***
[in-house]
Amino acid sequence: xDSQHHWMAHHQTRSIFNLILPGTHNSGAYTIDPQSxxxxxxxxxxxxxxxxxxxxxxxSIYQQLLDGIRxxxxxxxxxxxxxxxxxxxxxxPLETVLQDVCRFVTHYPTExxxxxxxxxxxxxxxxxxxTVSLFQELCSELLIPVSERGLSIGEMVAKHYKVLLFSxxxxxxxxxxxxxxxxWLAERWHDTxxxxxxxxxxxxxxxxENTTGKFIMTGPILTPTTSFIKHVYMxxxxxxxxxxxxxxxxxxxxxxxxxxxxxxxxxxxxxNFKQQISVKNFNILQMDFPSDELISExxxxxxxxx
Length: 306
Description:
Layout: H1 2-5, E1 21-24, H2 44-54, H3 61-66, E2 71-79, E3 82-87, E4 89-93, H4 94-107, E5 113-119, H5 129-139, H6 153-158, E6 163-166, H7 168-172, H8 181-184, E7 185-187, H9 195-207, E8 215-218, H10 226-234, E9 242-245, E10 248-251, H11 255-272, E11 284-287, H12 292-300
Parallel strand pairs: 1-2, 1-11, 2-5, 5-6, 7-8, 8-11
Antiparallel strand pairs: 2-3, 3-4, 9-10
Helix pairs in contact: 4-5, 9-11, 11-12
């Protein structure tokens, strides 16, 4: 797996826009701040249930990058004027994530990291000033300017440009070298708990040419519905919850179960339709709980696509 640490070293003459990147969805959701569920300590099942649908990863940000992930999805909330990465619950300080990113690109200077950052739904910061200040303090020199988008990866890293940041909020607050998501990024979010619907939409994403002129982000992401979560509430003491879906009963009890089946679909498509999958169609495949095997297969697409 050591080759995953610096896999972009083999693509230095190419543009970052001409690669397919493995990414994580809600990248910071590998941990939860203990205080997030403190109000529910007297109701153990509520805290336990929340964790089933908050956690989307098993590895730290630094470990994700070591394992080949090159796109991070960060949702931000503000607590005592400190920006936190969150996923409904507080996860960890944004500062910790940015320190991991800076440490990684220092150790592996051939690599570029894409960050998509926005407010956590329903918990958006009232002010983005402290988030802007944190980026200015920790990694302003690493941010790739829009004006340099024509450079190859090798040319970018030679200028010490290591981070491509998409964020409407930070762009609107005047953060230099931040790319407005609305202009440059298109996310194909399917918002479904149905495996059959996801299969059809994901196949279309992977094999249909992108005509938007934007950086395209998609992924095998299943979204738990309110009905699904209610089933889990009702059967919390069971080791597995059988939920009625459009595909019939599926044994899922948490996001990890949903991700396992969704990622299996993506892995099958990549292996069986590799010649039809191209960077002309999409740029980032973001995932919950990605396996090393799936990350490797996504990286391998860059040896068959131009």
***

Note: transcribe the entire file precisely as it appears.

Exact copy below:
[in-house]
Amino acid sequence: xDSQHHWMAHHQTRSIFNLILPGTHNSGAYTIDPQSxxxxxxxxxxxxxxxxxxxxxxxSIYQQLLDGIRxxxxxxxxxxxxxxxxxxxxxxPLETVLQDVCRFVTHYPTExxxxxxxxxxxxxxxxxxxTVSLFQELCSELLIPVSERGLSIGEMVAKHYKVLLFSxxxxxxxxxxxxxxxxWLAERWHDTxxxxxxxxxxxxxxxxENTTGKFIMTGPILTPTTSFIKHVYMxxxxxxxxxxxxxxxxxxxxxxxxxxxxxxxxxxxxxNFKQQISVKNFNILQMDFPSDELISExxxxxxxxx
Length: 306
Description:
Layout: H1 2-5, E1 21-24, H2 44-54, H3 61-66, E2 71-79, E3 82-87, E4 89-93, H4 94-107, E5 113-119, H5 129-139, H6 153-158, E6 163-166, H7 168-172, H8 181-184, E7 185-187, H9 195-207, E8 215-218, H10 226-234, E9 242-245, E10 248-251, H11 255-272, E11 284-287, H12 292-300
Parallel strand pairs: 1-2, 1-11, 2-5, 5-6, 7-8, 8-11
Antiparallel strand pairs: 2-3, 3-4, 9-10
Helix pairs in contact: 4-5, 9-11, 11-12
């Protein structure tokens, strides 16, 4: 797996826009701040249930990058004027994530990291000033300017440009070298708990040419519905919850179960339709709980696509 640490070293003459990147969805959701569920300590099942649908990863940000992930999805909330990465619950300080990113690109200077950052739904910061200040303090020199988008990866890293940041909020607050998501990024979010619907939409994403002129982000992401979560509430003491879906009963009890089946679909498509999958169609495949095997297969697409 050591080759995953610096896999972009083999693509230095190419543009970052001409690669397919493995990414994580809600990248910071590998941990939860203990205080997030403190109000529910007297109701153990509520805290336990929340964790089933908050956690989307098993590895730290630094470990994700070591394992080949090159796109991070960060949702931000503000607590005592400190920006936190969150996923409904507080996860960890944004500062910790940015320190991991800076440490990684220092150790592996051939690599570029894409960050998509926005407010956590329903918990958006009232002010983005402290988030802007944190980026200015920790990694302003690493941010790739829009004006340099024509450079190859090798040319970018030679200028010490290591981070491509998409964020409407930070762009609107005047953060230099931040790319407005609305202009440059298109996310194909399917918002479904149905495996059959996801299969059809994901196949279309992977094999249909992108005509938007934007950086395209998609992924095998299943979204738990309110009905699904209610089933889990009702059967919390069971080791597995059988939920009625459009595909019939599926044994899922948490996001990890949903991700396992969704990622299996993506892995099958990549292996069986590799010649039809191209960077002309999409740029980032973001995932919950990605396996090393799936990350490797996504990286391998860059040896068959131009």